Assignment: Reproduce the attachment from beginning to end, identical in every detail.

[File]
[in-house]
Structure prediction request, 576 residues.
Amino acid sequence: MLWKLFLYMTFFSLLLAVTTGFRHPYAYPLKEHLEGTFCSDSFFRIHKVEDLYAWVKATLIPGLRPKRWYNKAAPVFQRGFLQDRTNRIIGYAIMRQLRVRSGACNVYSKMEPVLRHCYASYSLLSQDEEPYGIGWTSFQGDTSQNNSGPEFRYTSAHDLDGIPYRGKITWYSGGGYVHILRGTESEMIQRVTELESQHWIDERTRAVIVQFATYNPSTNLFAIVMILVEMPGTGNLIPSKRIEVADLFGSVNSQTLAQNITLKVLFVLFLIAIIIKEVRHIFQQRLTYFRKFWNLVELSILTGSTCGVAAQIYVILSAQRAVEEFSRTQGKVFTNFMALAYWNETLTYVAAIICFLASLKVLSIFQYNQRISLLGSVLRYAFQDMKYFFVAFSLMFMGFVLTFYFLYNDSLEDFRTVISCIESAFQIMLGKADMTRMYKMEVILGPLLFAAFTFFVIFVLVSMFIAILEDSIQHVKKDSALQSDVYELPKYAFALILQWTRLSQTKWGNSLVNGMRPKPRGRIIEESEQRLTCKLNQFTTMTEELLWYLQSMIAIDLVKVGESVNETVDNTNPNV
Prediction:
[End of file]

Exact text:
[in-house]
Structure prediction request, 576 residues.
Amino acid sequence: MLWKLFLYMTFFSLLLAVTTGFRHPYAYPLKEHLEGTFCSDSFFRIHKVEDLYAWVKATLIPGLRPKRWYNKAAPVFQRGFLQDRTNRIIGYAIMRQLRVRSGACNVYSKMEPVLRHCYASYSLLSQDEEPYGIGWTSFQGDTSQNNSGPEFRYTSAHDLDGIPYRGKITWYSGGGYVHILRGTESEMIQRVTELESQHWIDERTRAVIVQFATYNPSTNLFAIVMILVEMPGTGNLIPSKRIEVADLFGSVNSQTLAQNITLKVLFVLFLIAIIIKEVRHIFQQRLTYFRKFWNLVELSILTGSTCGVAAQIYVILSAQRAVEEFSRTQGKVFTNFMALAYWNETLTYVAAIICFLASLKVLSIFQYNQRISLLGSVLRYAFQDMKYFFVAFSLMFMGFVLTFYFLYNDSLEDFRTVISCIESAFQIMLGKADMTRMYKMEVILGPLLFAAFTFFVIFVLVSMFIAILEDSIQHVKKDSALQSDVYELPKYAFALILQWTRLSQTKWGNSLVNGMRPKPRGRIIEESEQRLTCKLNQFTTMTEELLWYLQSMIAIDLVKVGESVNETVDNTNPNV
Prediction: